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TitleEvaluating the applicability of the finite element method for modelling of geoelectric fields
AuthorDong, B; Danskin, D W; Pirjola, R JORCID logo; Boteler, D HORCID logo; Wang, Z Z
SourceAnnales Geophysicae vol. 31, 2013 p. 1689-1698, Open Access logo Open Access
Alt SeriesEarth Sciences Sector, Contribution Series 20140023
PublisherCopernicus GmbH
Mediapaper; on-line; digital
File formatpdf
Subjectsgeophysics; Health and Safety; geoelectric variations; geomagnetism; geomagnetic fields; geomagnetic variations
Illustrationsplots; graphs
ProgramPublic Safety Geoscience Northern Canada Geohazards Project
Released2013 10 10
AbstractGeomagnetically induced currents in power systems are due to space weather events which create geomagnetic disturbances accompanied by electric fields at the surface of the Earth. The purpose of this paper is to evaluate the use of the finite element method (FEM) to calculate the magnetic and electric fields to which long transmission lines of power systems on the Earth are exposed. The well-known technique of FEM is used for the first time to simulate magnetic and electric fields applicable to power systems. Several test cases are modelled and compared with known solutions. It is shown that FEM is an effective modelling technique that can be applied to determine the electric fields which affect power systems. FEM enables an increased capability beyond the traditional methods for modelling electric and magnetic fields with layered earth conductivity structures, as spatially more complex structures can be considered using FEM. As an example results are presented for induction, due to a line current source, in adjacent regions with different layered conductivity structures. The results show the electric field away from the interface is the same as calculated for a single region; however near the interface the electric field is influenced by both regions.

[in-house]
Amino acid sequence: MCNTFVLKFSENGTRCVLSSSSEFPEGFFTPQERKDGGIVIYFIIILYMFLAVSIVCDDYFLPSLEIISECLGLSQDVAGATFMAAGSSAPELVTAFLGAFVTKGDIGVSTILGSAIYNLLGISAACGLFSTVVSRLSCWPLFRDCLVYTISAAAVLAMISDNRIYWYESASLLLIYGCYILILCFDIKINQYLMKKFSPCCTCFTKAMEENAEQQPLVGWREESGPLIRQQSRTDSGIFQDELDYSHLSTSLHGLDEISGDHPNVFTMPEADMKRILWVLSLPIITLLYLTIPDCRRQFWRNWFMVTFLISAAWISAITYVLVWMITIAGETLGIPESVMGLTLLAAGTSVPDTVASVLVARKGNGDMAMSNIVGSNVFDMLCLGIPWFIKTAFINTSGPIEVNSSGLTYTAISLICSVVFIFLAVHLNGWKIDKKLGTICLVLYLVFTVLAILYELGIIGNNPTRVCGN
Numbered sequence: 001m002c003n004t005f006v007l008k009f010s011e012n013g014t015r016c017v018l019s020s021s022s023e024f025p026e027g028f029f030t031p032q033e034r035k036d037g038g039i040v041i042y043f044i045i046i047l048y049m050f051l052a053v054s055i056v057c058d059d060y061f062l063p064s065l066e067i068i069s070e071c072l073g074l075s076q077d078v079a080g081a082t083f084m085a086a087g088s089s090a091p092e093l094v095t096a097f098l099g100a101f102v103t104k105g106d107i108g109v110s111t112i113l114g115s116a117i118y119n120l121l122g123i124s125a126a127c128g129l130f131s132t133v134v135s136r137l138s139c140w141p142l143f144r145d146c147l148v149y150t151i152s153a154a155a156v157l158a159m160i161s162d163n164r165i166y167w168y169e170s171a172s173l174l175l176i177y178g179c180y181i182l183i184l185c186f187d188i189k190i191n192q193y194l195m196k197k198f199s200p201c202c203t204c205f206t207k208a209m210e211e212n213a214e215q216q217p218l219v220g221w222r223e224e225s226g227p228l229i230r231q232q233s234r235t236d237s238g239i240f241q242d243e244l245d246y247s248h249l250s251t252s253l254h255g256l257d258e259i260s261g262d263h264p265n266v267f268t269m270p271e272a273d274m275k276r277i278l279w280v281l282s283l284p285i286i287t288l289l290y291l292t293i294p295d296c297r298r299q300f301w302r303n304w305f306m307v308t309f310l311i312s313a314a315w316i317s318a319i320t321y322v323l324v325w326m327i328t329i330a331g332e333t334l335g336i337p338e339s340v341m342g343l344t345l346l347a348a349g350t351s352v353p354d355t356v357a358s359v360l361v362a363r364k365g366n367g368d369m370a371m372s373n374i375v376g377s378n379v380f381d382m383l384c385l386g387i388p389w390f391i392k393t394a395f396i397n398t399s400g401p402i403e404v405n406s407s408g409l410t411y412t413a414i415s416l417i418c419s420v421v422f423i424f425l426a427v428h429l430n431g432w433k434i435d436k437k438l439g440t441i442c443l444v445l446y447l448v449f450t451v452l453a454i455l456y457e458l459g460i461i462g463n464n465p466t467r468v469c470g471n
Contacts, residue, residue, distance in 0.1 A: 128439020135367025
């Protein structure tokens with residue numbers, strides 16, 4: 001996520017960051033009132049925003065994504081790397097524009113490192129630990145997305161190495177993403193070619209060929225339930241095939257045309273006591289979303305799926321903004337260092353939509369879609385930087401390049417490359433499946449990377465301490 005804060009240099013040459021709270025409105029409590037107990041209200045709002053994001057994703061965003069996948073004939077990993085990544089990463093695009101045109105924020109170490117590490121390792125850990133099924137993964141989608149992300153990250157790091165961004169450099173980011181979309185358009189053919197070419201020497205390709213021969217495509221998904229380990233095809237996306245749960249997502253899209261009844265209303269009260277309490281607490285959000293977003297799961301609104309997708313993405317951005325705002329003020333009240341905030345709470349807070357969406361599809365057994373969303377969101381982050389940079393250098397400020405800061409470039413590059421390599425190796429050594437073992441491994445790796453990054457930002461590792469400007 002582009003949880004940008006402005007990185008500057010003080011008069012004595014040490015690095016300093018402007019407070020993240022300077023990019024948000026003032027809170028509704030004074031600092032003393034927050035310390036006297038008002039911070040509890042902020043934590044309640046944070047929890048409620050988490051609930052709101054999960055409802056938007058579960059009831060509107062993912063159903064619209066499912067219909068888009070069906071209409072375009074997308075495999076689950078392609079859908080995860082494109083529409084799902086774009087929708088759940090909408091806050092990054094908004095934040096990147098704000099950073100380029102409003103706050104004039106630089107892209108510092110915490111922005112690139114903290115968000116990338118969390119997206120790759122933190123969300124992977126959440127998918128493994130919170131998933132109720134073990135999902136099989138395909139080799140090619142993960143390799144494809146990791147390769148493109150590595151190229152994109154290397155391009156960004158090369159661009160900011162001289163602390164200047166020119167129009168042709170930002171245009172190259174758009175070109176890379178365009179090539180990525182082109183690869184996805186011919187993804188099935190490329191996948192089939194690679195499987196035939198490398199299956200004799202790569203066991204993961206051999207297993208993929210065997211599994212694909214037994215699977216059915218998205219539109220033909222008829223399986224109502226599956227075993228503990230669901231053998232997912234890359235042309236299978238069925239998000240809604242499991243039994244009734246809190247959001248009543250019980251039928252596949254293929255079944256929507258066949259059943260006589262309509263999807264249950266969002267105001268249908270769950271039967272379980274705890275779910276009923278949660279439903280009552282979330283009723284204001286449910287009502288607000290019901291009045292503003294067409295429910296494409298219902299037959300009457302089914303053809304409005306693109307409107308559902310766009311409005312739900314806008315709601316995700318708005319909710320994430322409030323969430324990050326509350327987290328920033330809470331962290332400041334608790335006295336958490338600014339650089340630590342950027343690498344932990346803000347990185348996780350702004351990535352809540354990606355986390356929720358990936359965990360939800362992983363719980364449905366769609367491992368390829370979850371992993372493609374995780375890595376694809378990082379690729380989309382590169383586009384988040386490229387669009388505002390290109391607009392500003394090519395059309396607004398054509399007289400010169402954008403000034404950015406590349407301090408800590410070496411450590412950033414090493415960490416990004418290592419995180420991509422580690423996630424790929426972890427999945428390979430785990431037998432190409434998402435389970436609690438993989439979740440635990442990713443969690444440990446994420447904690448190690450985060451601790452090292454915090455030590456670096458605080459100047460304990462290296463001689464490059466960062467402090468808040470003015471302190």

Summary(Plain Language Summary, not published)
Space weather refers to the dynamic conditions on the Sun and in the space environment, in particular, in the near-Earth environment, that can affect critical infrastructure. NRCan operates the Canadian Space Weather Forecast Centre and conducts research into space weather effects on power systems, pipelines, satellites, radio communications and GNSS positioning to help Canadian industry understand and mitigate the effects of space weather. This paper presents an evaluation of the finite element method for modelling of the geo-electric fields that can be a hazard to power systems.

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